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Burning to reduce fuels: the benefits and risks of a public health protection strategy

Fay H Johnston
Med J Aust 2020; 213 (6): . || doi: 10.5694/mja2.50751
Published online: 21 September 2020

We need to burn, but it is not a cure‐all and the side effects can be serious

Fire disasters are one of many serious and escalating environmental health problems that the world, and Australia in particular, is now facing.1 During the black summer of 2019–2020, population exposure to bushfire smoke was almost an order of magnitude greater than that documented for any of the fire seasons for at least the previous two decades, and it was estimated to be responsible for more than 400 premature deaths.2 The fires themselves, including firefighting‐related accidents and injuries, claimed a further 33 lives.3 Furthermore, the trauma experienced by communities affected by the fires, including serious risks to life, homes and livelihoods, will have ongoing psychological, physical health, social and economic impacts.4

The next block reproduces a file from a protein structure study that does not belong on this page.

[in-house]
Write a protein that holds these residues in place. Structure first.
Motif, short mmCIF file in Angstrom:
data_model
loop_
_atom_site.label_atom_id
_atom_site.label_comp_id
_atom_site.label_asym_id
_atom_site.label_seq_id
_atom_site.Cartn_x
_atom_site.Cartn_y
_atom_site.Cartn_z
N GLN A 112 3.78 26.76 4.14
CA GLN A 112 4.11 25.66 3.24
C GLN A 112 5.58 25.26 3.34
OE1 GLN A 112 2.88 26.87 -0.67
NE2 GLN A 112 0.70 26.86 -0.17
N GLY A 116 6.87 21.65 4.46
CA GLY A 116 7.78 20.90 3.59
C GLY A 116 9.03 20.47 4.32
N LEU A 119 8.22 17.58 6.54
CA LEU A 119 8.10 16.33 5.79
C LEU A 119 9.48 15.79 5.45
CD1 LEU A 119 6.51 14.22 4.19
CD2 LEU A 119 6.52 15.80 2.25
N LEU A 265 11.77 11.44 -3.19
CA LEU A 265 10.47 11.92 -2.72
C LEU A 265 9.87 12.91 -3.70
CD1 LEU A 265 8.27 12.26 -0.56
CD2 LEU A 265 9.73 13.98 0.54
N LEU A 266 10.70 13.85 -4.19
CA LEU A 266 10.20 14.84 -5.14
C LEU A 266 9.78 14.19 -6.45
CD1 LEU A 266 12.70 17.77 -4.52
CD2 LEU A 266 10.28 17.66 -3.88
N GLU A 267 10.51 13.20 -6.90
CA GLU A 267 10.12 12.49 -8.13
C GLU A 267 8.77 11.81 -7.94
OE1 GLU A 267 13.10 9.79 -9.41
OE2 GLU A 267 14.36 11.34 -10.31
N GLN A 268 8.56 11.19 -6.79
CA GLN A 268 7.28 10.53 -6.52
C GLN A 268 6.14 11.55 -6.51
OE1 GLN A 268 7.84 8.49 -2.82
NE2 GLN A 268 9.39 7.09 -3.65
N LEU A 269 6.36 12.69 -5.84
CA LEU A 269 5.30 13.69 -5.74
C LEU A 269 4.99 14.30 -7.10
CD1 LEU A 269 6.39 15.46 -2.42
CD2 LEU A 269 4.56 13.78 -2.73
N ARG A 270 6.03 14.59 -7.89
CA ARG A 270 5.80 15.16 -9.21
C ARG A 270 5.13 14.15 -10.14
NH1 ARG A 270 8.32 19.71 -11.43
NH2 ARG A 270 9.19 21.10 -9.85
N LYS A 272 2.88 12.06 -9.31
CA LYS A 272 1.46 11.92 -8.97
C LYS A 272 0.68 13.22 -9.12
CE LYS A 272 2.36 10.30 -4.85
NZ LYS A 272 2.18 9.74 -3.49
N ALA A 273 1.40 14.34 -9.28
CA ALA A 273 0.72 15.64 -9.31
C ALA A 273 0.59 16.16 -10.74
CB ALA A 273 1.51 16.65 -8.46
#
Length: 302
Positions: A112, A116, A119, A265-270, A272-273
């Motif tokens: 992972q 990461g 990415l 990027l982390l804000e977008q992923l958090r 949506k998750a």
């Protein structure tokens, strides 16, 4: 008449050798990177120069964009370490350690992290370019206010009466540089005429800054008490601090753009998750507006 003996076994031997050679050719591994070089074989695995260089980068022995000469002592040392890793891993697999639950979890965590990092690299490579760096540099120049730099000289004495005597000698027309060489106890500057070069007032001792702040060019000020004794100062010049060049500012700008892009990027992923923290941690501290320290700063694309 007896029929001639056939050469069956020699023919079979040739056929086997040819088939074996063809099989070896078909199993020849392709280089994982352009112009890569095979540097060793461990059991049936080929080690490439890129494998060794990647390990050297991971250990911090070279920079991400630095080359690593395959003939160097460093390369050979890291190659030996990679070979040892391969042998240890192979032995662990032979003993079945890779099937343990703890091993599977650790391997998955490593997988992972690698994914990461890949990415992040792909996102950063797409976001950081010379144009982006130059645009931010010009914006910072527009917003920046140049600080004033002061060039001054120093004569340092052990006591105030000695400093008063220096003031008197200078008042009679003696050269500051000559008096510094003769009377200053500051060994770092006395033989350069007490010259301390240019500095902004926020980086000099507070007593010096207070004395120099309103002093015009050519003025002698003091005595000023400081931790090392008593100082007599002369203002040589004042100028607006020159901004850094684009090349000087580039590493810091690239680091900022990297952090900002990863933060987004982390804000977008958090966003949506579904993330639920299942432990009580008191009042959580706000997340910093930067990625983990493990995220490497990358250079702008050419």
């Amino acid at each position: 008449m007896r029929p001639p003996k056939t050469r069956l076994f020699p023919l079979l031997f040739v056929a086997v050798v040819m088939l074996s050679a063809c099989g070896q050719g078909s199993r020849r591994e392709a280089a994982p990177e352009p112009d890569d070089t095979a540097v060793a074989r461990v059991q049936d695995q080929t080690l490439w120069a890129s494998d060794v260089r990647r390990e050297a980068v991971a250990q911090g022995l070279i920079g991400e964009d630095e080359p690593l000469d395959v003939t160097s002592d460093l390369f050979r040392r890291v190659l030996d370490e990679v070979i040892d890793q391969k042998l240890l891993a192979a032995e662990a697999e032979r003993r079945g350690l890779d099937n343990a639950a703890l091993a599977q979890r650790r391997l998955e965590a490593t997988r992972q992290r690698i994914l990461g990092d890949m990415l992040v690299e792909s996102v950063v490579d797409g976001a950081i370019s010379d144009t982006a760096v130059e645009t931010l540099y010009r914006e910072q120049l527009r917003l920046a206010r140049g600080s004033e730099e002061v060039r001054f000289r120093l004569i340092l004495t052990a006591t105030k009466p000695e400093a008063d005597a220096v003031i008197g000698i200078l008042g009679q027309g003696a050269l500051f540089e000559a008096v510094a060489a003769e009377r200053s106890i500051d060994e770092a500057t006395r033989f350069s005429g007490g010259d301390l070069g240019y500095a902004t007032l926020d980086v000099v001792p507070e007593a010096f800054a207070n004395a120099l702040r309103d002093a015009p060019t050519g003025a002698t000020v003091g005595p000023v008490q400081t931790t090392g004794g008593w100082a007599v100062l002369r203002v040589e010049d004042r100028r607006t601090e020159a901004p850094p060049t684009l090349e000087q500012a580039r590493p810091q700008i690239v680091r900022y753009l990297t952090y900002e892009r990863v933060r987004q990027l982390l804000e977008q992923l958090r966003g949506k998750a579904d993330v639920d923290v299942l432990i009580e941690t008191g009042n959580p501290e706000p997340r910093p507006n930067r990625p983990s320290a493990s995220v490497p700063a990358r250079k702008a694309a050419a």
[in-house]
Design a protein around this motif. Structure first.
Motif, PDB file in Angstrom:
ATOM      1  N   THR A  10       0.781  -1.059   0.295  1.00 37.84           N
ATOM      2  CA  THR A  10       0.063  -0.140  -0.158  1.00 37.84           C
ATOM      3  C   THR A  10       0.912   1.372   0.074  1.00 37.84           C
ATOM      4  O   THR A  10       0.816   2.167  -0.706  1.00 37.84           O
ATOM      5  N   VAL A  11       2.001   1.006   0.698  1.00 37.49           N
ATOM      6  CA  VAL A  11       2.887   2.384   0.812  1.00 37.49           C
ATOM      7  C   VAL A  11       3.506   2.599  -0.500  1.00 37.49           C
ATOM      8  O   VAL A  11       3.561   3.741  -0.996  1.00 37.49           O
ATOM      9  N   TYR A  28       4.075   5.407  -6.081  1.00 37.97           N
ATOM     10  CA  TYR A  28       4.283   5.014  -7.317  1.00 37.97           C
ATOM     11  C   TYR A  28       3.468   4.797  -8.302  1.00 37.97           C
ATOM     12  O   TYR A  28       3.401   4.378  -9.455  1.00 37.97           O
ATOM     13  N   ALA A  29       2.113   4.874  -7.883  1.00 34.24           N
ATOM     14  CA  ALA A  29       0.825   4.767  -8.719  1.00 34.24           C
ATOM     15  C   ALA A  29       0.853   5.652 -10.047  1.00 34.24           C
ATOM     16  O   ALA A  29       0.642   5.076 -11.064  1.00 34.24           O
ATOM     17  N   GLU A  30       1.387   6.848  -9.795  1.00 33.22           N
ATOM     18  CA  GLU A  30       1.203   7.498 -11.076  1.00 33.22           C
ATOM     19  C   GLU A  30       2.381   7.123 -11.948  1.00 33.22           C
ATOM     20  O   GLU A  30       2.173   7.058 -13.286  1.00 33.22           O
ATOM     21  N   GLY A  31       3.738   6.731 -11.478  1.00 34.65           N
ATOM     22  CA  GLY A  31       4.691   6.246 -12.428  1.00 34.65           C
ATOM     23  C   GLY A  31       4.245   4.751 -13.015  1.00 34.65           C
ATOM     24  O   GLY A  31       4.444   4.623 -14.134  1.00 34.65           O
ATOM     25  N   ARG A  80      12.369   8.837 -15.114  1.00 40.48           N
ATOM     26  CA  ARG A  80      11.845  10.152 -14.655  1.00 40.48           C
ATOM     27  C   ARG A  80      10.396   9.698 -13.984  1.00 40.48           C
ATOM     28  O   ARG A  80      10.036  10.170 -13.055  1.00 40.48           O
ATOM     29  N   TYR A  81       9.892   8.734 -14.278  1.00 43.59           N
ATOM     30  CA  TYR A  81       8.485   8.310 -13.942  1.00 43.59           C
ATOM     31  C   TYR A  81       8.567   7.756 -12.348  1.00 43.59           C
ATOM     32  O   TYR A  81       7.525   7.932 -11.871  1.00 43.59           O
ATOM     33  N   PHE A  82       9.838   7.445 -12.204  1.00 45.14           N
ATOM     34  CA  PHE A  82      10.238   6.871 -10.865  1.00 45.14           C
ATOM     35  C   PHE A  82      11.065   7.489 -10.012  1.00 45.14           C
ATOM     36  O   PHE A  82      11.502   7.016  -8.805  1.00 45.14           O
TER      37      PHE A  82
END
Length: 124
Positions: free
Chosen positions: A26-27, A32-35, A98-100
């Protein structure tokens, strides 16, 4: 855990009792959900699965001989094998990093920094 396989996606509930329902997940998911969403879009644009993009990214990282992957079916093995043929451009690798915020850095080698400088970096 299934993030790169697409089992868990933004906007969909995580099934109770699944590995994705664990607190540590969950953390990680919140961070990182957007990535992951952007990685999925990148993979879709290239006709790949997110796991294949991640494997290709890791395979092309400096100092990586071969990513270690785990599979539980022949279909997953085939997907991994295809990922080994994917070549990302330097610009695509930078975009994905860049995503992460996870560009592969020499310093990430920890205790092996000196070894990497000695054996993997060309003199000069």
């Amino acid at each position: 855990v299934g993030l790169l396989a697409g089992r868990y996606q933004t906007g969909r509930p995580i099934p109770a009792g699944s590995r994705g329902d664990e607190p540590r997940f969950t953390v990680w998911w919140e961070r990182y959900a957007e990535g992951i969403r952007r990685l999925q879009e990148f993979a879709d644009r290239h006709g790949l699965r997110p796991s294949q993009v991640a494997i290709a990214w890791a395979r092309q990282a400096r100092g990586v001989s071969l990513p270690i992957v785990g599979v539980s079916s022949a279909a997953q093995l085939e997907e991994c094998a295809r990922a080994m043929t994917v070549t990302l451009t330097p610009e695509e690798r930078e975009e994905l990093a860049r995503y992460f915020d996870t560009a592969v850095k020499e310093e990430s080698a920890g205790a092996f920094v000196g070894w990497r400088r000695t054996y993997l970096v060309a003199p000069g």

• Fay H Johnston

  • Menzies Institute for Medical Research, University of Tasmania, Hobart, TAS

Correspondence: fay.johnston@utas.edu.au

Competing interests:

No relevant disclosures.

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